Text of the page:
Felix Baumgartner’s Record has Been Broken

Alan Eustace
Two years ago, Austrian BASE jumper and daredevil, Felix Baumgartner, became a household name for breaking the world altitude record, parachuting from near the top of the stratosphere and falling faster than the speed of sound.

On Friday his record was broken by Alan Eustace; not a professional daredevil, but instead a 57-year old Senior VP at Google.

At the start of the day Eustace was lifted by a balloon filled with 35,000 cubic feet of helium, from an abandoned airport runway in Roswell, New Mexico. The balloon ascended for a little over two hours, reaching an altitude of more than 25 miles. Eustace dangled beneath the balloon in an elaborately designed, high-tech spacesuit.

From that spectacular height, with the aid of a small explosive device, Eustace cut himself free and began his fall, taking only 15 minutes to reach the ground below.

“It was amazing,” he said. “It was beautiful. You could see the darkness of space and you could see the layers of atmosphere, which I had never seen before.”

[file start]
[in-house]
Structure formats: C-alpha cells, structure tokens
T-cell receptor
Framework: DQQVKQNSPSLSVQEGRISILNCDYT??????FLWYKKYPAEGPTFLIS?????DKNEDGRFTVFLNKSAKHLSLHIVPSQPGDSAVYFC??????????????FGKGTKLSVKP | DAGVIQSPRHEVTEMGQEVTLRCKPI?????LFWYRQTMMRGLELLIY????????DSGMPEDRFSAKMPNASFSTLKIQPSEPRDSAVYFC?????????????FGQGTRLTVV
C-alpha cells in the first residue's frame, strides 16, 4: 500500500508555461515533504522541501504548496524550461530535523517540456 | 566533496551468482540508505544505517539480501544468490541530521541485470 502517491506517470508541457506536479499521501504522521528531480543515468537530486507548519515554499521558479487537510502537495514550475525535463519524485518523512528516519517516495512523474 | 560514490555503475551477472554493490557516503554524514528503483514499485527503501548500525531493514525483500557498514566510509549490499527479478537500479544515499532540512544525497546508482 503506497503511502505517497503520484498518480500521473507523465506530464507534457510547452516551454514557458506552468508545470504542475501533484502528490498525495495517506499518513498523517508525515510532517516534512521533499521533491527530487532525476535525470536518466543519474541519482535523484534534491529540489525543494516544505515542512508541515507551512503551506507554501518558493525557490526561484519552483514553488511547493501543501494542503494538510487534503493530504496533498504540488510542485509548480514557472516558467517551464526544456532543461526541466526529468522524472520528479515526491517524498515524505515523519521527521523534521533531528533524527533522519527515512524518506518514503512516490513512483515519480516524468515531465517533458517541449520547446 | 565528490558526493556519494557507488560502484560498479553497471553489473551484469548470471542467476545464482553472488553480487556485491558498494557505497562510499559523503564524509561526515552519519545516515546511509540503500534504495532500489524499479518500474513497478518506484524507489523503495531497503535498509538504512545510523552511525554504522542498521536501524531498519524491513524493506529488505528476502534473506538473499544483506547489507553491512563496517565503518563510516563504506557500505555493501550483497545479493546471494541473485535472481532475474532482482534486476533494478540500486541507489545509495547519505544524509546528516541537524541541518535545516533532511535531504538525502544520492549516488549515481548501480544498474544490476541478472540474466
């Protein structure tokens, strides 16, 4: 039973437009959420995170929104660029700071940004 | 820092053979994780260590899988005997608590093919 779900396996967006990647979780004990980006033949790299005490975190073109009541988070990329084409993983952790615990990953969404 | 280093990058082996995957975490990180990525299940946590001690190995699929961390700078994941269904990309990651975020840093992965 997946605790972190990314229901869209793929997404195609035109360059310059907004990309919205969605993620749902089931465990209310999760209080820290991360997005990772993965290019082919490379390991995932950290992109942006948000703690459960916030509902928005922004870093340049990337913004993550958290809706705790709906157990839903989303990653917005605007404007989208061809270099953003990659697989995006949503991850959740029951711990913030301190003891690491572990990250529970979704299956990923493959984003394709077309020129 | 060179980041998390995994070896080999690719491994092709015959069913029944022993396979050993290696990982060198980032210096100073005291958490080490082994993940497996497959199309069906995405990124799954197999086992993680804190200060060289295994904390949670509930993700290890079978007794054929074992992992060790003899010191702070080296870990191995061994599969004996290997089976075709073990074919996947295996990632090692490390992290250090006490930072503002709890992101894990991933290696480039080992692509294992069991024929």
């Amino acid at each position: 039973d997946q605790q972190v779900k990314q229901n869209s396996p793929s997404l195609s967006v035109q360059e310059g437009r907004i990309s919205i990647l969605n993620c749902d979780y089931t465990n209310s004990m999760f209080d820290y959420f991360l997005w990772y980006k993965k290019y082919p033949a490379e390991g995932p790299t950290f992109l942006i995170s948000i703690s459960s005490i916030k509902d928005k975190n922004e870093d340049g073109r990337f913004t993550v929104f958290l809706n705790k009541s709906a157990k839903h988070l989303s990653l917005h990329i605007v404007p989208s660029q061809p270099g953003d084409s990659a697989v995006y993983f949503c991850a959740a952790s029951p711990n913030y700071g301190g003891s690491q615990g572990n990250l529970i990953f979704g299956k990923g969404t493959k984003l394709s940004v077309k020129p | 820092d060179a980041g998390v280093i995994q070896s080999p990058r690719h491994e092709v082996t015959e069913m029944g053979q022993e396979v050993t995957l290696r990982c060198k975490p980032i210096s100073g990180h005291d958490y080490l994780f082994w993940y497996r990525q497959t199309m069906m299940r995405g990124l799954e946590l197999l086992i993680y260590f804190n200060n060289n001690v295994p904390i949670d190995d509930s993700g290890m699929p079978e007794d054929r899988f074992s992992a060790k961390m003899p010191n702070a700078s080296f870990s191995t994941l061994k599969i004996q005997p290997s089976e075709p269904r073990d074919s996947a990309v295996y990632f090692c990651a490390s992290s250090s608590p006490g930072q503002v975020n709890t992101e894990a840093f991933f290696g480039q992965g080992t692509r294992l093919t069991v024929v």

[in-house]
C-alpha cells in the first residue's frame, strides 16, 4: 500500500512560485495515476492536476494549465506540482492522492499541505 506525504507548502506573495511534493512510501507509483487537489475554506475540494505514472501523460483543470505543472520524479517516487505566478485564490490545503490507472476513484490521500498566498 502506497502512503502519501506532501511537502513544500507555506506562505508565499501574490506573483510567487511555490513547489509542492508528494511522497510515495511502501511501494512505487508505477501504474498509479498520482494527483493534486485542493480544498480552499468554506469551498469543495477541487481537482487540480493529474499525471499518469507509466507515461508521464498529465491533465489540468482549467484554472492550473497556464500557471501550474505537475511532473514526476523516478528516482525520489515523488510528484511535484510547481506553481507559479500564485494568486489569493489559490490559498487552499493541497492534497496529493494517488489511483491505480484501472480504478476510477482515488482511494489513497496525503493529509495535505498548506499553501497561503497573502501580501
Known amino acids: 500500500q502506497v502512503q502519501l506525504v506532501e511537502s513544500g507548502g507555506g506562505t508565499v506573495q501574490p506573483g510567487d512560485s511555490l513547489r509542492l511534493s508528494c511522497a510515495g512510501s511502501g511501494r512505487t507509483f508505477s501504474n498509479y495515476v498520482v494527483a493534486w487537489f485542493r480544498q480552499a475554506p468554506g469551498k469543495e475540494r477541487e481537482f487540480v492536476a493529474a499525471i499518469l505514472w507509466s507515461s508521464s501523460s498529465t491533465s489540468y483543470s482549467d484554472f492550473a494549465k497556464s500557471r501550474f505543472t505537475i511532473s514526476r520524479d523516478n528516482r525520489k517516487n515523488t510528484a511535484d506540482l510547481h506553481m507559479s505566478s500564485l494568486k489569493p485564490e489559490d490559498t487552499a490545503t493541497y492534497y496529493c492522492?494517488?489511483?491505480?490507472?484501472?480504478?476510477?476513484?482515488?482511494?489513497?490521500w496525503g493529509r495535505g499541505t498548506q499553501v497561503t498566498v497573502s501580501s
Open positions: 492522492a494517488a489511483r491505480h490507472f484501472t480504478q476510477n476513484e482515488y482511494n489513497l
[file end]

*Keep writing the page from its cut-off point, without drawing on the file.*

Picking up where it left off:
He was oblivious to the sonic boom as he surpassed the speed of sound. He backflipped twice prior to a small parachute opening and righting him.

“To break an aviation record is incredibly significant,” said Mark Kelly, a former astronaut, present for the jump. “There is an incredible amount of risk. To do it safely is a testament to the people involved.”

With none of the hype of Baumgartner’s jump preceding the event, Eustace planned things in secrecy, working for three years with a small group of scientists who specialize in spacesuit design, life-support systems, and balloon technology.

You can read a lot more about this impressive feat at the New York Times here, and clicking the highlighted names above will lead you the PeekYou profiles of the corresponding individuals; from where you can learn a whole lot more about them.